Unhealthy cannot be sugar-coated
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FDI, the NCD Alliance, and the World Health Organization are organizing a joint session at the World Dental Congress in Buenos Aires later this year to highlight the need for common preventative interventions. Featuring four expert speakers, the session, titled ‘Curbing the Sugar Rush’, will focus on how to tackle oral diseases and other NCDs through a unified approach. We interviewed:
As moderator of the session, what’s the strategy behind choosing to tackle oral diseases and other noncommunicable diseases (NCDs) through a unified approach focused on sugar?
The NCD Alliance believes that oral health and noncommunicable diseases (NCDs) do not exist in isolation from one another.
Oral diseases affect 3.9 billion people worldwide, with dental caries being the most widespread NCD. Excessive sugar intake from snacks, processed foods, and beverages is a common risk factor for cardiovascular diseases, cancer and diabetes, and is the leading risk factor for tooth decay. Surging levels of global sugar consumption thus represents a significant oral health and NCD challenge. Without targeted investment in widespread preventative interventions the burden of oral diseases and other NCDs will continue to accelerate.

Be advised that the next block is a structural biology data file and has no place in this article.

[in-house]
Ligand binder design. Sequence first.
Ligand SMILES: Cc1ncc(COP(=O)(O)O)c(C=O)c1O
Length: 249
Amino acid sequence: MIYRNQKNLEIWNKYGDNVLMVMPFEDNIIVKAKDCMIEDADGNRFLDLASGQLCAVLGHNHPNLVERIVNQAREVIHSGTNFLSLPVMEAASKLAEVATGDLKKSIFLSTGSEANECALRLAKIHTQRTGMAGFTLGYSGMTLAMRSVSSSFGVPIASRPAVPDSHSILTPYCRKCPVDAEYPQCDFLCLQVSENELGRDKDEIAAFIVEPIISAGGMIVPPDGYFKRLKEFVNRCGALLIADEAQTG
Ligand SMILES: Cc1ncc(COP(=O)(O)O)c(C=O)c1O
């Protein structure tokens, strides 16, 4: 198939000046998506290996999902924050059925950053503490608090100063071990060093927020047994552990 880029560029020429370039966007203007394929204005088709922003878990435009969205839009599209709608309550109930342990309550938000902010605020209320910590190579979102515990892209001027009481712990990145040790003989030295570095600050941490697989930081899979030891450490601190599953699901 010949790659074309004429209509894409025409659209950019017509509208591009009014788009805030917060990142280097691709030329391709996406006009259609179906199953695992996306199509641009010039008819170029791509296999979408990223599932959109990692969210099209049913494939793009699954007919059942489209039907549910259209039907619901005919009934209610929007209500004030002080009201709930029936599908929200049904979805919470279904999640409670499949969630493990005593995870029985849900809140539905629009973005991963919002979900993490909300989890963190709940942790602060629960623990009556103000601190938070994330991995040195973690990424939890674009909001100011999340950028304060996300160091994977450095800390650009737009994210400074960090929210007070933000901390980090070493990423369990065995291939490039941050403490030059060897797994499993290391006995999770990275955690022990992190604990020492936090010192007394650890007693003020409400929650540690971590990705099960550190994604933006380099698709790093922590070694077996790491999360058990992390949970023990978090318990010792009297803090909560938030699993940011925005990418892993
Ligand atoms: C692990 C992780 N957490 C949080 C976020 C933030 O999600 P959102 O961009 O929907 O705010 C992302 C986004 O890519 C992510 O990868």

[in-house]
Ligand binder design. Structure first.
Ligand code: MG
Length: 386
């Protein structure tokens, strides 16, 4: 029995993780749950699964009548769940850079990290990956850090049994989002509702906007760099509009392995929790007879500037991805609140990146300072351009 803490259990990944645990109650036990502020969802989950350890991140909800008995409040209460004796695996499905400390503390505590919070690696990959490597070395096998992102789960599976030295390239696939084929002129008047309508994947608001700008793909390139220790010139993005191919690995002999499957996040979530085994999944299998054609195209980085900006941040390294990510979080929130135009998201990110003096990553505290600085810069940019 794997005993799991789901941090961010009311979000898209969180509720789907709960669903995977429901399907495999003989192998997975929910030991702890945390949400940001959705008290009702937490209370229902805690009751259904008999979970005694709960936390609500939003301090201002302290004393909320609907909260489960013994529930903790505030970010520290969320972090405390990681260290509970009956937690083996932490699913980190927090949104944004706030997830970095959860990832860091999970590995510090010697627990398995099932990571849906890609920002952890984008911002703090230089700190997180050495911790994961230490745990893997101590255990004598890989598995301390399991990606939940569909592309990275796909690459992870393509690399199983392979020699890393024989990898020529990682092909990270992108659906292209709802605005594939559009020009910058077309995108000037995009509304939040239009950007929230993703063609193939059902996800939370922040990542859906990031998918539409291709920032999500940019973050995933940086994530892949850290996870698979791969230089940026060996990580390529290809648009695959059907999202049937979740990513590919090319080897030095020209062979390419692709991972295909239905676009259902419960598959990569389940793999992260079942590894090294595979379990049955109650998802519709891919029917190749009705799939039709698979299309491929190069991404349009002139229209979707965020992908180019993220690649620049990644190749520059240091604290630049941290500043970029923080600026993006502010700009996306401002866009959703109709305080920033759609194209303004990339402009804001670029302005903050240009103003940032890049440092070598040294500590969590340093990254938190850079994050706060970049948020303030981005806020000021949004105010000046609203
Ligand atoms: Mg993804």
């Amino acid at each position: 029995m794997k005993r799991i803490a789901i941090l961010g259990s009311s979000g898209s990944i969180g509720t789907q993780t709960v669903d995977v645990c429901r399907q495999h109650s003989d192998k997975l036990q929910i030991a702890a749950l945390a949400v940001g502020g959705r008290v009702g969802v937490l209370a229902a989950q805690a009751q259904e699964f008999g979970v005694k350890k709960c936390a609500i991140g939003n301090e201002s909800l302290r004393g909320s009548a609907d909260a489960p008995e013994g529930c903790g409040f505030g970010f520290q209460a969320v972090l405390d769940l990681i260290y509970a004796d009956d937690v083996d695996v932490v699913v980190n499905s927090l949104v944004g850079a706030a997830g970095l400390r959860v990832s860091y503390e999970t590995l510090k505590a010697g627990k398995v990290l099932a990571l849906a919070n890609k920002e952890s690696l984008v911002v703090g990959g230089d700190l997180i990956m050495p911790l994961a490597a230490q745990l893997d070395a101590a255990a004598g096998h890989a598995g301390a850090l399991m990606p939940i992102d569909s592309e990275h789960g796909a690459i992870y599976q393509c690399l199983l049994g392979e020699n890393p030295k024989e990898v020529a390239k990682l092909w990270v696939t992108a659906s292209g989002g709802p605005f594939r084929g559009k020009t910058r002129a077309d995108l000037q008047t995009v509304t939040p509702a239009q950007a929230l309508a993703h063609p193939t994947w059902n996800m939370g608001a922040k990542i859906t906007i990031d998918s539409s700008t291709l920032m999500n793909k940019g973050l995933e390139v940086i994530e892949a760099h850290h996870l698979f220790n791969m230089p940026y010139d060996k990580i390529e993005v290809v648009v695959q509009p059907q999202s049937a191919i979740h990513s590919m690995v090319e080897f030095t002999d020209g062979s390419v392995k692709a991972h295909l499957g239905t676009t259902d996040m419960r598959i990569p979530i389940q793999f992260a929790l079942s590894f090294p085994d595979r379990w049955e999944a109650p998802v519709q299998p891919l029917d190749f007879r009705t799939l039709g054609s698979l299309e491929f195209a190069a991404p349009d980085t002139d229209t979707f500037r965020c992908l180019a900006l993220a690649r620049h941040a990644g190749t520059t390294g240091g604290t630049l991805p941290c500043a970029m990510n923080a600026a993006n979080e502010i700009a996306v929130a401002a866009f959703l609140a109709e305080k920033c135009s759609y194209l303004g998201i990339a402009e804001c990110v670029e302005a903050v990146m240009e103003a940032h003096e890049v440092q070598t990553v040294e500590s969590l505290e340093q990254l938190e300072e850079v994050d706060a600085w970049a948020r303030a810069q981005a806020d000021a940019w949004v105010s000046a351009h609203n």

Global action by governments and other stakeholders is therefore urgently needed to reduce levels of sugar consumption. The speakers in this session will illustrate how the oral health and NCD community can engage, collaborate and advance cost-effective interventions focused on lowering daily levels of sugar intake, including imposing higher taxation on sugar-rich foods and beverages, adopting transparent food and nutrition labelling, and implementing public health education campaigns.
Sugar has major economic and social impacts on oral diseases and NCDs. What’s your view on the methods to address sugar consumption, such as taxation or transparent labelling for health promotion?
Various noncommunicable diseases (including oral diseases) share sugar as a common risk factor. Potential interventions to reduce sugar consumption include sugar taxation, food labelling, social marketing and sponsorship bans on sugary foods and drinks, as well as nutrition standards including the lowest possible sugar levels for foods and drinks consumed in public institutions (such as schools and kindergartens).
Sugar-sweetened beverage (SSB) taxation has been a matter of recent debate. Quasi-experimental evidence suggests that consumers are responsive to changes in SSB prices, so several countries have implemented such a tax. Overall, however, there is still relatively little empirical evidence on the (oral) health impacts of SSB taxation in the longer run.
With regard to the impact of food labelling, the empirical evidence is mixed. Some studies suggest that nutrition labels may help consumers in choosing healthier foods and drinks. Other studies indicate that consumers may have problems to understand the information provided on food labels and consequently fail to meet the intended recommendations.
In Buenos Aires, you will address the importance of educating consumers on sugar consumption and ‘overcoming industry interference.’ Whose role is it to raise public awareness and can industry be part of the conversation?